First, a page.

MH370 Plane "Has Been Lost and None of Those on Board Survived"

By Kat Hannaford on at

Those sad words were said this morning at a press conference by the Malaysian Prime Minister Najib Razik. It has been confirmed thanks to new analysis that the last-known position of MH370 was in the middle of the Indian Ocean, southwest of Perth, Western Australia.

Another press conference has been scheduled for tomorrow which will shed more light on the horrific ending to the Malaysia Airlines saga, which began on the 7th of March when the Beijing-bound plane departed Kuala Lumpur with 239 people on board. It's not yet known if the sighted wreckage off Perth is indeed from MH370, nor what actually caused the plane's communications systems to be disabled.

Prime Minister Najib Razik's full statement given to the press this morning, below.

This evening I was briefed by representatives from the UK Air Accidents Investigation Branch (AAIB). They informed me that Inmarsat, the UK company that provided the satellite data which indicated the northern and southern corridors, has been performing further calculations on the data. Using a type of analysis never before used in an investigation of this sort, they have been able to shed more light on MH370's flight path.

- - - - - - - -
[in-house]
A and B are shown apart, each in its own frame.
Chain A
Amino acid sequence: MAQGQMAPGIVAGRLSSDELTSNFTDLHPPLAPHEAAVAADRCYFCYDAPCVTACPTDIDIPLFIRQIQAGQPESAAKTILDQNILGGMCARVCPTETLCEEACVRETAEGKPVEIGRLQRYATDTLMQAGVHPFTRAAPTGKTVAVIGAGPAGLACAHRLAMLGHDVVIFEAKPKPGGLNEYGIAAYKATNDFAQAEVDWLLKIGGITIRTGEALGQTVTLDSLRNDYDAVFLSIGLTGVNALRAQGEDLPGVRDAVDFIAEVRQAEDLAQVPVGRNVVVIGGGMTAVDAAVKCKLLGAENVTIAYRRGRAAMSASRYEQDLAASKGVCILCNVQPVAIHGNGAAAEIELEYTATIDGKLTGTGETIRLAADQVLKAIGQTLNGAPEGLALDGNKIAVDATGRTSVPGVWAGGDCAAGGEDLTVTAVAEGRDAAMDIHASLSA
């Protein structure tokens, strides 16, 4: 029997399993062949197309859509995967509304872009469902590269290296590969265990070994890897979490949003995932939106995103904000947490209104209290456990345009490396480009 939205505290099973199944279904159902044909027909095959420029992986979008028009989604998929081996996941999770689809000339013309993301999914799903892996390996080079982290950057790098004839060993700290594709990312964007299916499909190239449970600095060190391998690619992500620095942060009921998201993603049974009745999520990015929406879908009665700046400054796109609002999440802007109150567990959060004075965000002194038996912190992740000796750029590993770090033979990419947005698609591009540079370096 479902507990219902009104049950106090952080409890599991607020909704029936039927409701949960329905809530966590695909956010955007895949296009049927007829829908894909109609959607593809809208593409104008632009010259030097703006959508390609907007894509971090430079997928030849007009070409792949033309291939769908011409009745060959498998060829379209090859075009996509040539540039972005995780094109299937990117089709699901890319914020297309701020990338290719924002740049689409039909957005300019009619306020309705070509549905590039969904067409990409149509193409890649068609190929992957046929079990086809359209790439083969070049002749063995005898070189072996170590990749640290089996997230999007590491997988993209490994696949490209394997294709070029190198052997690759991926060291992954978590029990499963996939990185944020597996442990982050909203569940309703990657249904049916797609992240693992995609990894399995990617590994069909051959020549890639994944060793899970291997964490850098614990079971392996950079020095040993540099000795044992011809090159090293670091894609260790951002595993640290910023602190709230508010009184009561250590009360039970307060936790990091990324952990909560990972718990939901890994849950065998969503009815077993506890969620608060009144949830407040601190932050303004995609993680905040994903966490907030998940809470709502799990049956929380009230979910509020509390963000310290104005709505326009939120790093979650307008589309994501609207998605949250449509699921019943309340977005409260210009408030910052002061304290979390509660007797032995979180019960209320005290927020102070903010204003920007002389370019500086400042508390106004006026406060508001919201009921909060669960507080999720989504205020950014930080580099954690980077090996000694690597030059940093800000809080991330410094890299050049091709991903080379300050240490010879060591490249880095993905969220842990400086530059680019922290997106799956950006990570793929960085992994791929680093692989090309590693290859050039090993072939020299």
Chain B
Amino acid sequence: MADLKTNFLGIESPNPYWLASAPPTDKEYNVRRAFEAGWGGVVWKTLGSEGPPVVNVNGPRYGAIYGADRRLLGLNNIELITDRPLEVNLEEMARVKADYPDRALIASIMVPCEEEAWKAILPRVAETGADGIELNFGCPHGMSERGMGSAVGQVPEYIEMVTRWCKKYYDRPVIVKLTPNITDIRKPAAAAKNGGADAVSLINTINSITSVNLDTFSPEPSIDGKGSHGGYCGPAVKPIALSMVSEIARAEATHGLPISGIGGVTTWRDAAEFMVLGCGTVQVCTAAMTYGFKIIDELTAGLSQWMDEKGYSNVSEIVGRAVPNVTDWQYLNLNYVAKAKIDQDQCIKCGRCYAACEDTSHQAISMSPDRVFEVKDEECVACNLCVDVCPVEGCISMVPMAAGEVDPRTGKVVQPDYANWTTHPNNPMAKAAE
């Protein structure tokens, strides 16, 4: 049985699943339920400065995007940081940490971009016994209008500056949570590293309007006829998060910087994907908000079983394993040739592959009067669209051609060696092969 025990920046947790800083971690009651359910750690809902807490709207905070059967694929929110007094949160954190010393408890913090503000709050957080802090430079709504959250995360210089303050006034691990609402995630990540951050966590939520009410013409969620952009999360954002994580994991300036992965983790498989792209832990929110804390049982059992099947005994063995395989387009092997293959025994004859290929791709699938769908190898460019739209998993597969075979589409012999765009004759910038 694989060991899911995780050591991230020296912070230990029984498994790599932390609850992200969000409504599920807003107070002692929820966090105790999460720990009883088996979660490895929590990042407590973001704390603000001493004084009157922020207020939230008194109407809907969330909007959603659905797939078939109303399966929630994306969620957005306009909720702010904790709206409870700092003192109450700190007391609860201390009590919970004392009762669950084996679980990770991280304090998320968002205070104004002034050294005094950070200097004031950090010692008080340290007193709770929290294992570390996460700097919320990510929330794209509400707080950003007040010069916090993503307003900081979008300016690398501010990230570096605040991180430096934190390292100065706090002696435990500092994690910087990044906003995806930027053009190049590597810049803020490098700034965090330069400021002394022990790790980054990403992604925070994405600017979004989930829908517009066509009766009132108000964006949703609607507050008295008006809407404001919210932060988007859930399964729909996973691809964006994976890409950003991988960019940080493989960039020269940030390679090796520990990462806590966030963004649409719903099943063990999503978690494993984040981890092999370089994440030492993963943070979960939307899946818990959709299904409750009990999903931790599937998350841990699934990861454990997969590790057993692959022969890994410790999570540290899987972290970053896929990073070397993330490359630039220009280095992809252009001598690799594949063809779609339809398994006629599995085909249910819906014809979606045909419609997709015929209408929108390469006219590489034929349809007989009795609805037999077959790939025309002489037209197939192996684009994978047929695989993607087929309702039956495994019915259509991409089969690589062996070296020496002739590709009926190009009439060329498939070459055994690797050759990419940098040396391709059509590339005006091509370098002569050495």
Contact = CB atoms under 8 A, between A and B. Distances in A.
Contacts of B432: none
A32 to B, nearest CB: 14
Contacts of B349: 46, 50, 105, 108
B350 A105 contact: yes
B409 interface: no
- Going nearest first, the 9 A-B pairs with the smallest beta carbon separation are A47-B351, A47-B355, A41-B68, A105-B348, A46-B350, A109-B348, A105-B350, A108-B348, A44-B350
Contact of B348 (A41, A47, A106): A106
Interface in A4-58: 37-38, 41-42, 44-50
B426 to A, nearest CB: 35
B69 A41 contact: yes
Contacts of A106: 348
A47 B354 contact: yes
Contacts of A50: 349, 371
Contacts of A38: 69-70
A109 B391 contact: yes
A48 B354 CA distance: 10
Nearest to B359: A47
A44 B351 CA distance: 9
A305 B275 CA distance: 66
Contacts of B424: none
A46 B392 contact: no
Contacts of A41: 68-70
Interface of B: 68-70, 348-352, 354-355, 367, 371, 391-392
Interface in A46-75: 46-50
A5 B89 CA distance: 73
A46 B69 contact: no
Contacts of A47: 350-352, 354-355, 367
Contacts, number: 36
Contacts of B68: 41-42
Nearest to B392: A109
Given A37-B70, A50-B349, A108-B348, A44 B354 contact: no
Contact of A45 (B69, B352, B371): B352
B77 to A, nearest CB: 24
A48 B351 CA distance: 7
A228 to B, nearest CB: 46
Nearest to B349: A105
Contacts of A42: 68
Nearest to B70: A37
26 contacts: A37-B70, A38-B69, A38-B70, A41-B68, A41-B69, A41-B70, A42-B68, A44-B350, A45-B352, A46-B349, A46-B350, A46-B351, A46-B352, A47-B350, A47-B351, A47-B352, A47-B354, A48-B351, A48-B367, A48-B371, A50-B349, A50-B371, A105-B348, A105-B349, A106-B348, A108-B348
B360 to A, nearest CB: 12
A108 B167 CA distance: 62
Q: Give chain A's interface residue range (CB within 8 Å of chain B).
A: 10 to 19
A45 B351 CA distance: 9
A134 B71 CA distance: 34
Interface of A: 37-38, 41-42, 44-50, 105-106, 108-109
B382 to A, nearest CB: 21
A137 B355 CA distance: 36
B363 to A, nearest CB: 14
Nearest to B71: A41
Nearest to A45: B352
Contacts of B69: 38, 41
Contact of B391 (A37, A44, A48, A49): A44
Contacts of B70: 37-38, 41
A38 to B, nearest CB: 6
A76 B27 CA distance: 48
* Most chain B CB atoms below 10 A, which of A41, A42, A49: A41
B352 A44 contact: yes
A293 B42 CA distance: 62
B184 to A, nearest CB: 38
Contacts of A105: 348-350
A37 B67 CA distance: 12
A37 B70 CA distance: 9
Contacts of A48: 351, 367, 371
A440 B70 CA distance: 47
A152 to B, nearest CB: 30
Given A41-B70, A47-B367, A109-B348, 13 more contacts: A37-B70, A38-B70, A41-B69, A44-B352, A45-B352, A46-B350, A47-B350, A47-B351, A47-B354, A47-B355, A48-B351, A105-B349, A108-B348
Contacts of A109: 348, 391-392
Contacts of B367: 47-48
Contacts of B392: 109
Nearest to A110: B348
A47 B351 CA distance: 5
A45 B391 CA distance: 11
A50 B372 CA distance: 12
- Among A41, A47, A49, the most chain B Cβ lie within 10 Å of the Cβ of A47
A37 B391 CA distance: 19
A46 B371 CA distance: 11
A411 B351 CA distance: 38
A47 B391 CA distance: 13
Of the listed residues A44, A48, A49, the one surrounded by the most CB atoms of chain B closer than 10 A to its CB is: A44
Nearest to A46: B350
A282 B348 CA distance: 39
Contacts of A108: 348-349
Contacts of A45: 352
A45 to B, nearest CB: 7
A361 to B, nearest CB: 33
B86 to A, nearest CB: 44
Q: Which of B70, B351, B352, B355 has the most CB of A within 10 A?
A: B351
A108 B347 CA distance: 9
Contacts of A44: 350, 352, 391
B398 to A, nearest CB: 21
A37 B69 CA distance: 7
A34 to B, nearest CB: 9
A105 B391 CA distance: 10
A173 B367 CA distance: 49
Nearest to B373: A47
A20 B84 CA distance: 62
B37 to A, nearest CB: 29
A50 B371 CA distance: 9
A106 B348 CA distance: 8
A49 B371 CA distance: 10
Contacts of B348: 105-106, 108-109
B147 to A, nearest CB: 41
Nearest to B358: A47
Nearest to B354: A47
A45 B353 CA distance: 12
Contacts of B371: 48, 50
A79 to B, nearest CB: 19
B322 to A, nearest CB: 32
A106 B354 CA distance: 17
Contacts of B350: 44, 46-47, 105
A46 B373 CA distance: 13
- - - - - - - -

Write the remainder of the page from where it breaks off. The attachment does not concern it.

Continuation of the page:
Based on their new analysis, Inmarsat and the AAIB have concluded that MH370 flew along the southern corridor, and that its last position was in the middle of the Indian Ocean, west of Perth.

 

This is a remote location, far from any possible landing sites. It is therefore with deep sadness and regret that I must inform you that, according to this new data, flight MH370 ended in the southern Indian Ocean.

 

We will be holding a press conference tomorrow with further details. In the meantime, we wanted to inform you of this new development at the earliest opportunity. We share this information out of a commitment to openness and respect for the families, two principles which have guided this investigation.

 

Malaysia Airlines have already spoken to the families of the passengers and crew to inform them of this development. For them, the past few weeks have been heartbreaking; I know this news must be harder still. I urge the media to respect their privacy, and to allow them the space they need at this difficult time.

[The Guardian]